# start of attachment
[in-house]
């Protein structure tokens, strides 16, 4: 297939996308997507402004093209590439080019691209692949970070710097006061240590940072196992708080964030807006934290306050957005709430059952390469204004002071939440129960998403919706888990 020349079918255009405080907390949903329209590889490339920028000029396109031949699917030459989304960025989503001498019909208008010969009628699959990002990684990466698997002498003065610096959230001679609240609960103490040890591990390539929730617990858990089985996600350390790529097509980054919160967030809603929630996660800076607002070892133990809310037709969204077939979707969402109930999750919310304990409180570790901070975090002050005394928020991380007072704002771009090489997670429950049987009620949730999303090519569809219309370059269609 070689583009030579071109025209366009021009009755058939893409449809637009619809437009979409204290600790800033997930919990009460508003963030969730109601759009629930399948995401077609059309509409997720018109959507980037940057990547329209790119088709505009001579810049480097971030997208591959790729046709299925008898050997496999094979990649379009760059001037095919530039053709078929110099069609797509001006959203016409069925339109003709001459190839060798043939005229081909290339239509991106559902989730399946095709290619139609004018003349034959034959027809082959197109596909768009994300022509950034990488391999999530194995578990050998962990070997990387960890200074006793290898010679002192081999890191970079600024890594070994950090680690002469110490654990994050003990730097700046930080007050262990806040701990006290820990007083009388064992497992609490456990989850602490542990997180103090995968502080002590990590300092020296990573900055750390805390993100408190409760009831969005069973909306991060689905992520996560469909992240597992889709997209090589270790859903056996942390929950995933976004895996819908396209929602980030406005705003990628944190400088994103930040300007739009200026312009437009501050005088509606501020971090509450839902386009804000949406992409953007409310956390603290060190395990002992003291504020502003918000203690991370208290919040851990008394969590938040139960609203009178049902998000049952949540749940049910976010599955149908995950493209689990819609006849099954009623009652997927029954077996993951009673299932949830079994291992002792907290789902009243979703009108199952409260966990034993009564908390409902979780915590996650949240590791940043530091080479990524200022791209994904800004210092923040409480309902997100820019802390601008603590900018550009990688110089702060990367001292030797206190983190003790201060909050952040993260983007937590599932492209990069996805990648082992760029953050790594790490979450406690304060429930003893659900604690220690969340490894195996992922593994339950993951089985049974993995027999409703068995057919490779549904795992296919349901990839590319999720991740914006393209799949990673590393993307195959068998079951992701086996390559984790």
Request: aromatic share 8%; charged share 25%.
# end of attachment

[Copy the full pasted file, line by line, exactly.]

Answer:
[in-house]
């Protein structure tokens, strides 16, 4: 297939996308997507402004093209590439080019691209692949970070710097006061240590940072196992708080964030807006934290306050957005709430059952390469204004002071939440129960998403919706888990 020349079918255009405080907390949903329209590889490339920028000029396109031949699917030459989304960025989503001498019909208008010969009628699959990002990684990466698997002498003065610096959230001679609240609960103490040890591990390539929730617990858990089985996600350390790529097509980054919160967030809603929630996660800076607002070892133990809310037709969204077939979707969402109930999750919310304990409180570790901070975090002050005394928020991380007072704002771009090489997670429950049987009620949730999303090519569809219309370059269609 070689583009030579071109025209366009021009009755058939893409449809637009619809437009979409204290600790800033997930919990009460508003963030969730109601759009629930399948995401077609059309509409997720018109959507980037940057990547329209790119088709505009001579810049480097971030997208591959790729046709299925008898050997496999094979990649379009760059001037095919530039053709078929110099069609797509001006959203016409069925339109003709001459190839060798043939005229081909290339239509991106559902989730399946095709290619139609004018003349034959034959027809082959197109596909768009994300022509950034990488391999999530194995578990050998962990070997990387960890200074006793290898010679002192081999890191970079600024890594070994950090680690002469110490654990994050003990730097700046930080007050262990806040701990006290820990007083009388064992497992609490456990989850602490542990997180103090995968502080002590990590300092020296990573900055750390805390993100408190409760009831969005069973909306991060689905992520996560469909992240597992889709997209090589270790859903056996942390929950995933976004895996819908396209929602980030406005705003990628944190400088994103930040300007739009200026312009437009501050005088509606501020971090509450839902386009804000949406992409953007409310956390603290060190395990002992003291504020502003918000203690991370208290919040851990008394969590938040139960609203009178049902998000049952949540749940049910976010599955149908995950493209689990819609006849099954009623009652997927029954077996993951009673299932949830079994291992002792907290789902009243979703009108199952409260966990034993009564908390409902979780915590996650949240590791940043530091080479990524200022791209994904800004210092923040409480309902997100820019802390601008603590900018550009990688110089702060990367001292030797206190983190003790201060909050952040993260983007937590599932492209990069996805990648082992760029953050790594790490979450406690304060429930003893659900604690220690969340490894195996992922593994339950993951089985049974993995027999409703068995057919490779549904795992296919349901990839590319999720991740914006393209799949990673590393993307195959068998079951992701086996390559984790």
Request: aromatic share 8%; charged share 25%.